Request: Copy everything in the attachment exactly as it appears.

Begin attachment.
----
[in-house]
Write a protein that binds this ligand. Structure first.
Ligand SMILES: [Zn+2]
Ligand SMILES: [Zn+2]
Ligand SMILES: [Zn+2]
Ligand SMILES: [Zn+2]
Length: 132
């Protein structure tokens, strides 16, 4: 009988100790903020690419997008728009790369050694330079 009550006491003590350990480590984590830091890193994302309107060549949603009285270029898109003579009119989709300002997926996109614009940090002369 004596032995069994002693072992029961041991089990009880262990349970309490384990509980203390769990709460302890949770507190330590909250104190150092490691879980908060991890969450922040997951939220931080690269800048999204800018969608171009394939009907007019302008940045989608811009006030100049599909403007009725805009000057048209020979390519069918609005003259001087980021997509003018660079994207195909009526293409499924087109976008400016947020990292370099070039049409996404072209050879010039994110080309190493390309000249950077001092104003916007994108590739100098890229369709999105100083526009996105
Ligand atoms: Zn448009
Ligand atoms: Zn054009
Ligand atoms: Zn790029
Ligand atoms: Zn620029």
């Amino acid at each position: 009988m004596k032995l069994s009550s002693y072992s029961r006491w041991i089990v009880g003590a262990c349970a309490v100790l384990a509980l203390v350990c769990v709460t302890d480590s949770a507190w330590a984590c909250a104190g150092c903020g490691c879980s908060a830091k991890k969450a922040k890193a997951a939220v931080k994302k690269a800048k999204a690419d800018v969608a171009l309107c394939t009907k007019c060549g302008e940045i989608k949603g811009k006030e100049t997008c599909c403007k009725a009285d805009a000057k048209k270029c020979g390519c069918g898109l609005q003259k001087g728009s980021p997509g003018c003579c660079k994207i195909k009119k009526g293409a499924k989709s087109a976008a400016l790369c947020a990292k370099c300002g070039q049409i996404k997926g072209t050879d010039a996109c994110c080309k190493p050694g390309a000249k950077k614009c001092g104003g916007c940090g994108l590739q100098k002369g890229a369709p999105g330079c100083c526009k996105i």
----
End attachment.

[in-house]
Write a protein that binds this ligand. Structure first.
Ligand SMILES: [Zn+2]
Ligand SMILES: [Zn+2]
Ligand SMILES: [Zn+2]
Ligand SMILES: [Zn+2]
Length: 132
């Protein structure tokens, strides 16, 4: 009988100790903020690419997008728009790369050694330079 009550006491003590350990480590984590830091890193994302309107060549949603009285270029898109003579009119989709300002997926996109614009940090002369 004596032995069994002693072992029961041991089990009880262990349970309490384990509980203390769990709460302890949770507190330590909250104190150092490691879980908060991890969450922040997951939220931080690269800048999204800018969608171009394939009907007019302008940045989608811009006030100049599909403007009725805009000057048209020979390519069918609005003259001087980021997509003018660079994207195909009526293409499924087109976008400016947020990292370099070039049409996404072209050879010039994110080309190493390309000249950077001092104003916007994108590739100098890229369709999105100083526009996105
Ligand atoms: Zn448009
Ligand atoms: Zn054009
Ligand atoms: Zn790029
Ligand atoms: Zn620029």
């Amino acid at each position: 009988m004596k032995l069994s009550s002693y072992s029961r006491w041991i089990v009880g003590a262990c349970a309490v100790l384990a509980l203390v350990c769990v709460t302890d480590s949770a507190w330590a984590c909250a104190g150092c903020g490691c879980s908060a830091k991890k969450a922040k890193a997951a939220v931080k994302k690269a800048k999204a690419d800018v969608a171009l309107c394939t009907k007019c060549g302008e940045i989608k949603g811009k006030e100049t997008c599909c403007k009725a009285d805009a000057k048209k270029c020979g390519c069918g898109l609005q003259k001087g728009s980021p997509g003018c003579c660079k994207i195909k009119k009526g293409a499924k989709s087109a976008a400016l790369c947020a990292k370099c300002g070039q049409i996404k997926g072209t050879d010039a996109c994110c080309k190493p050694g390309a000249k950077k614009c001092g104003g916007c940090g994108l590739q100098k002369g890229a369709p999105g330079c100083c526009k996105i």